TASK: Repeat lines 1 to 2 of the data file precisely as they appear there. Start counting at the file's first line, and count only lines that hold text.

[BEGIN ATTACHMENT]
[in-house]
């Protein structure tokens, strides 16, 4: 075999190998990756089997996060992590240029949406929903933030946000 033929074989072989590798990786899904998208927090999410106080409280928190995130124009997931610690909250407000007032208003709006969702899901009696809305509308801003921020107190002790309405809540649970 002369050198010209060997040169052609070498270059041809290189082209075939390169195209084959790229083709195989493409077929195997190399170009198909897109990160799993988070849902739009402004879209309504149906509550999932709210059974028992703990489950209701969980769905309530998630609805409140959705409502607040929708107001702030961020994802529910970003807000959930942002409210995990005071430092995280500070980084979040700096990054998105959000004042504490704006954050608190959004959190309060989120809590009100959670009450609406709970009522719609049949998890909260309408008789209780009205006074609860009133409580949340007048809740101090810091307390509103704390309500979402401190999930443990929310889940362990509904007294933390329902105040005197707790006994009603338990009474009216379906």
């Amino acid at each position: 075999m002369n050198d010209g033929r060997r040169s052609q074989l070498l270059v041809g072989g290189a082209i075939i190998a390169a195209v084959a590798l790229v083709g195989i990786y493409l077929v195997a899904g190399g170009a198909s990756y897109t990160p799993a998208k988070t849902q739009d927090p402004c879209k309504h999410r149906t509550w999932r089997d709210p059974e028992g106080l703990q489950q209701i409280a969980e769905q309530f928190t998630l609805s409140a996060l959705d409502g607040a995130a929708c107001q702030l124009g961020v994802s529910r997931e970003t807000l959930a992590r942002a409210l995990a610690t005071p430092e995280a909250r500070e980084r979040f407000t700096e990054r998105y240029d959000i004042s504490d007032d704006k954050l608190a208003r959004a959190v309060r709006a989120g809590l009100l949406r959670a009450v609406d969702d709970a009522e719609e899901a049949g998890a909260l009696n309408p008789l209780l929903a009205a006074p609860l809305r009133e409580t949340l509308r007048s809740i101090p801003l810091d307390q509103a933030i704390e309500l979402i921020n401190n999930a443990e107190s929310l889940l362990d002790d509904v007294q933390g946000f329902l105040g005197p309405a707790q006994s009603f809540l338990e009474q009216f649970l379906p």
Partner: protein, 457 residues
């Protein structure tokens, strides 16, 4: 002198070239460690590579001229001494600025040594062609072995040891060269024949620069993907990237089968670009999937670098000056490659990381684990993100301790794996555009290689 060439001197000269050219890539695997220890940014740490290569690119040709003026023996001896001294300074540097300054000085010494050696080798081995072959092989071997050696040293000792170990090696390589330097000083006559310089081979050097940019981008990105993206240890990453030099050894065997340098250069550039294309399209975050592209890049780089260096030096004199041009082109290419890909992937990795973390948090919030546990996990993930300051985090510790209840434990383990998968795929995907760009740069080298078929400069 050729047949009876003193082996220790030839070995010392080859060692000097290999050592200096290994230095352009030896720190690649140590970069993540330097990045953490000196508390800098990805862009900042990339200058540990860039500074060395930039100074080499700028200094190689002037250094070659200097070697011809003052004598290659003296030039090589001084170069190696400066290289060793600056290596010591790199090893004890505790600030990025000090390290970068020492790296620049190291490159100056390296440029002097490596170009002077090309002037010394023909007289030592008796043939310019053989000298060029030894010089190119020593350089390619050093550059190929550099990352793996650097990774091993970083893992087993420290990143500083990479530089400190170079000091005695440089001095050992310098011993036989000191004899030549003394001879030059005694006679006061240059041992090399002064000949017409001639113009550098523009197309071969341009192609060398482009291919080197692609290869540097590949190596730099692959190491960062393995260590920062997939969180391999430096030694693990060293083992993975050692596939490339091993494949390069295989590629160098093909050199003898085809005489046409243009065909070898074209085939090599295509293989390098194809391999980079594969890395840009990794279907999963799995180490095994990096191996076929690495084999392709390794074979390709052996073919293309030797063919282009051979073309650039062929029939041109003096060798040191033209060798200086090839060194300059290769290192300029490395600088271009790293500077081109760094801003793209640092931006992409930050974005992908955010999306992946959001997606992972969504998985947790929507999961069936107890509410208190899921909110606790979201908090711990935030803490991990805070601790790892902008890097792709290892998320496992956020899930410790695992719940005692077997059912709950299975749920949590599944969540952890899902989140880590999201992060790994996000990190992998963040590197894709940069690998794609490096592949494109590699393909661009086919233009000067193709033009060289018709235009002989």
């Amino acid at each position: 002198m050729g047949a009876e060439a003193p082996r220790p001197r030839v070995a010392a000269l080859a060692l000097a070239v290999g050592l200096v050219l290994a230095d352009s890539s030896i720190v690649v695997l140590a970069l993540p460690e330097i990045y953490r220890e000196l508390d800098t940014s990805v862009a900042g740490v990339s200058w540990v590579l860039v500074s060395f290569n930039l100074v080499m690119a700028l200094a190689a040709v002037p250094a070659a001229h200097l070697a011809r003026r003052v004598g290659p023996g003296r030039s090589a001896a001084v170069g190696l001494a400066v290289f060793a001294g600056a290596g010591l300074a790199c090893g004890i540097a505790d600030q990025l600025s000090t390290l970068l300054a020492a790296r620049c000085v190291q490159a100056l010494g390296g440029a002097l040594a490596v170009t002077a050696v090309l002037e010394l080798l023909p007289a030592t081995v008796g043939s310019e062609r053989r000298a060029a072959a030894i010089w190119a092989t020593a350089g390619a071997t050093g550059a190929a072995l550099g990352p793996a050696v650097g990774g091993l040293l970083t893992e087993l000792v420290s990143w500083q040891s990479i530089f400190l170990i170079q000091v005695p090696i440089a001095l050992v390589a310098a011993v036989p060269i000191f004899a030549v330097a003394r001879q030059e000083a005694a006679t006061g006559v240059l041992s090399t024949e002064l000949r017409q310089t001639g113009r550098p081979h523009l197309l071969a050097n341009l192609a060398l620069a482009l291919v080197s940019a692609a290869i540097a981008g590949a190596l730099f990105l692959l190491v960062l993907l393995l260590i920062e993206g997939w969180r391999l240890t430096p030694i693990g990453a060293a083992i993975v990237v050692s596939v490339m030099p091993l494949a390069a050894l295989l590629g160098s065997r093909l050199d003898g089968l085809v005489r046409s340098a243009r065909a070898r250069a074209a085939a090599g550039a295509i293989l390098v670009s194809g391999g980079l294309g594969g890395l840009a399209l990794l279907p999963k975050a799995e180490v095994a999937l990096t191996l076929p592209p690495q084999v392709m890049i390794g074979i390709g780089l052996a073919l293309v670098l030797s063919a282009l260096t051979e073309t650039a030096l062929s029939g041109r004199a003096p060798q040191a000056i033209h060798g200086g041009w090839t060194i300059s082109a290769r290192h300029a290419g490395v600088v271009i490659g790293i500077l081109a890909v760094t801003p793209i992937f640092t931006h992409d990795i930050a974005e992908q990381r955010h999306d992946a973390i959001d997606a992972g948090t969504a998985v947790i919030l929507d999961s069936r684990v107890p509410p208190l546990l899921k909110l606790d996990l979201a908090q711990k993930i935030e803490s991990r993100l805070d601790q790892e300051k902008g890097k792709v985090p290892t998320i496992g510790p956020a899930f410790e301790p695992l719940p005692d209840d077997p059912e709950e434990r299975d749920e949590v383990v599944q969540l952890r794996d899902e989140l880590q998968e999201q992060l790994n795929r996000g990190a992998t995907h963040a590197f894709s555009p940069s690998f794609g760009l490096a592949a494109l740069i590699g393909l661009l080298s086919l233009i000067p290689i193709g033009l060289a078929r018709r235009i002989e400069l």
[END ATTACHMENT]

[in-house]
């Protein structure tokens, strides 16, 4: 075999190998990756089997996060992590240029949406929903933030946000 033929074989072989590798990786899904998208927090999410106080409280928190995130124009997931610690909250407000007032208003709006969702899901009696809305509308801003921020107190002790309405809540649970 002369050198010209060997040169052609070498270059041809290189082209075939390169195209084959790229083709195989493409077929195997190399170009198909897109990160799993988070849902739009402004879209309504149906509550999932709210059974028992703990489950209701969980769905309530998630609805409140959705409502607040929708107001702030961020994802529910970003807000959930942002409210995990005071430092995280500070980084979040700096990054998105959000004042504490704006954050608190959004959190309060989120809590009100959670009450609406709970009522719609049949998890909260309408008789209780009205006074609860009133409580949340007048809740101090810091307390509103704390309500979402401190999930443990929310889940362990509904007294933390329902105040005197707790006994009603338990009474009216379906």